Aboriginal adoptees forced from their families by the Canadian government in the Sixties Scoop are expected to receive what is believed to be the first public government apology on Thursday.

Manitoba Premier Greg Selinger is set to deliver the apology, which the province has been working on for months alongside affected adoptees.

The Sixties Scoop is the name given to the period of time between the 1960s and '80s when thousands of aboriginal children were placed with mostly non-native adoptive families.

I remember my uncle crying, I remember him packing a suitcase, and hugging me and kissing me goodbye. - Marlene Orgeron, adopted during Sixties Scoop

It's believed somewhere between 11,000 and 20,000 aboriginal children were removed from their homes and placed with new families in Canada, the U.S. and Europe.

Some estimate more than 20,000 aboriginal children were relocated.

The estimates vary greatly because many aboriginal children are believed to have not been recorded as status Indian in their child services records.

Adoptee Marlene Orgeron remembers being forced to leave her uncle's home along with her two brothers when she was three years old. The sibling trio was adopted by a non-aboriginal family in New Orleans, La.

"I remember my uncle crying, I remember him packing a suitcase, and hugging me and kissing me goodbye," she says.

Formal apology, recognition demanded

Many adoptees under the program have been demanding a formal apology from the government.

"This has been swept under the rug," says Coleen Rajotte, who was adopted out as a baby. She's been advocating for former adoptees to be recognized for years, and is among the ones demanding an apology.

Aboriginal residential school survivors have already received a formal apology from the Canadian government. In 2008, Prime Minister Stephen Harper apologized for the harm done to aboriginal children and their communities by the government when it removed children from their families and placed them in "far too often" abusive and neglectful residential schools.

"I stand before you, in this chamber so central to our life as a country, to apologize to aboriginal peoples for Canada's role in the Indian residential schools system," he said at the time.

Marlene Orgeron

Marlene Orgeron was taken from her Manitoba home when she was three years old. She was sent to an adoptive family in the U.S. (CBC)

Residential school survivors were also able to speak at hearings held by the Truth and Reconciliation Commission, which recently released its findings.

The commission mentions victims of the Sixties Scoop in a summary of its final report, saying "the promise of reconciliation, which seemed so imminent back in 2008 when the prime minister, on behalf of all Canadians, apologized to survivors, has faded."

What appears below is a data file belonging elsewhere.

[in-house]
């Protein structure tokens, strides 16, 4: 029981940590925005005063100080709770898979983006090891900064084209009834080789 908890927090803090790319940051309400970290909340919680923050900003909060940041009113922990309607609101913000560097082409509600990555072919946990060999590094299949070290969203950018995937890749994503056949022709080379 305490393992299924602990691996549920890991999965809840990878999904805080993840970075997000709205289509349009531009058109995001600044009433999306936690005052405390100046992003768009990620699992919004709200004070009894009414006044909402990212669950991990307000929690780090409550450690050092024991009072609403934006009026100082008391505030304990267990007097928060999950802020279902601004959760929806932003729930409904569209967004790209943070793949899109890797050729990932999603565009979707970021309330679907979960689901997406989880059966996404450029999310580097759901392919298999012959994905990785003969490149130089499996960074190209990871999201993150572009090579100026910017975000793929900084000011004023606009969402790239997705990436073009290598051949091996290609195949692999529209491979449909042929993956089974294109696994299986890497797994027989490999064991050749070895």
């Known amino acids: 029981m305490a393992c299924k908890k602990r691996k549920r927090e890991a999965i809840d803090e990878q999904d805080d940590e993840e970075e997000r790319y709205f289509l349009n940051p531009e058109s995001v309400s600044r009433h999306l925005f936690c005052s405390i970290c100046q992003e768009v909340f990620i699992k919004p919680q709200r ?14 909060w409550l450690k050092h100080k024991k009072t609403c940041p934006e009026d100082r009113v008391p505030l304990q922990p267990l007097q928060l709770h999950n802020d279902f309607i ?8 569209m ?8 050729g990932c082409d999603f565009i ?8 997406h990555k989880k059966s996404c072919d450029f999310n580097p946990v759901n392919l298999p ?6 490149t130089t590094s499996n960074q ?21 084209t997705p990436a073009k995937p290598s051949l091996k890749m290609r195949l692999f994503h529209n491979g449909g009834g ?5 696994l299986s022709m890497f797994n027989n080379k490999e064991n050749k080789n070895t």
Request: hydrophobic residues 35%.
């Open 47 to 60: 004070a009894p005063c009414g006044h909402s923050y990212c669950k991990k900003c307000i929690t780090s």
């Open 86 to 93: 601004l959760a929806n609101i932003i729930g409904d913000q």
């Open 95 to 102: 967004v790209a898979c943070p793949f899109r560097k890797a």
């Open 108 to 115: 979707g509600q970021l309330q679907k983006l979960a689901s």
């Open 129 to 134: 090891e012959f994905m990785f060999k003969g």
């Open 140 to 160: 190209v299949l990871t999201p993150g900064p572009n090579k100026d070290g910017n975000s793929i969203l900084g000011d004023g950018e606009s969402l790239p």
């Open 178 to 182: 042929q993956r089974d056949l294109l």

Those adopted during the Sixties Scoop have yet to be formally recognized.

"We lost our language. We lost our connection to our home communities... We were victims of colonization and Canadians need to recognize that this is a part of our history," says Rajotte.

The province of Manitoba had some of the highest numbers of aboriginal kids taken away from their homes. Between 1971 and 1981, more than 3,400 Manitoba aboriginal children were sent to adoptive or foster families, according to the province's Aboriginal Justice Inquiry.

Since Manitoba's aboriginal people were so widely impacted, Premier Selinger says it's appropriate the province be among the first to apologize.

He says he hopes the apology prompts the federal government to follow suit.

Class-action lawsuits

In addition to a formal apology, many of the people who were taken from their homes during the Sixties Scoop are seeking monetary compensation from the federal government.

Class-action lawsuits have been filed in Ontario, Manitoba, Saskatchewan, Alberta and B.C.

This year, a Saskatchewan law firm filed a class-action lawsuit against the federal government representing plaintiffs from a number of provinces. More than 1,800 people have signed on as plaintiffs.

In 2009, Marcia Brown Martel and Robert Commenda launched a class-action lawsuit representing Ontario victims against the Attorney General of Canada. The suit was approved by an Ontario judge, but the Canadian government appealed that decision. The Ontario Superior Court dismissed the government's appeal in late 2014.

Another plaintiff has brought forward a class-action lawsuit representing victims who lived in B.C. when they were adopted out.

With files from the Canadian Press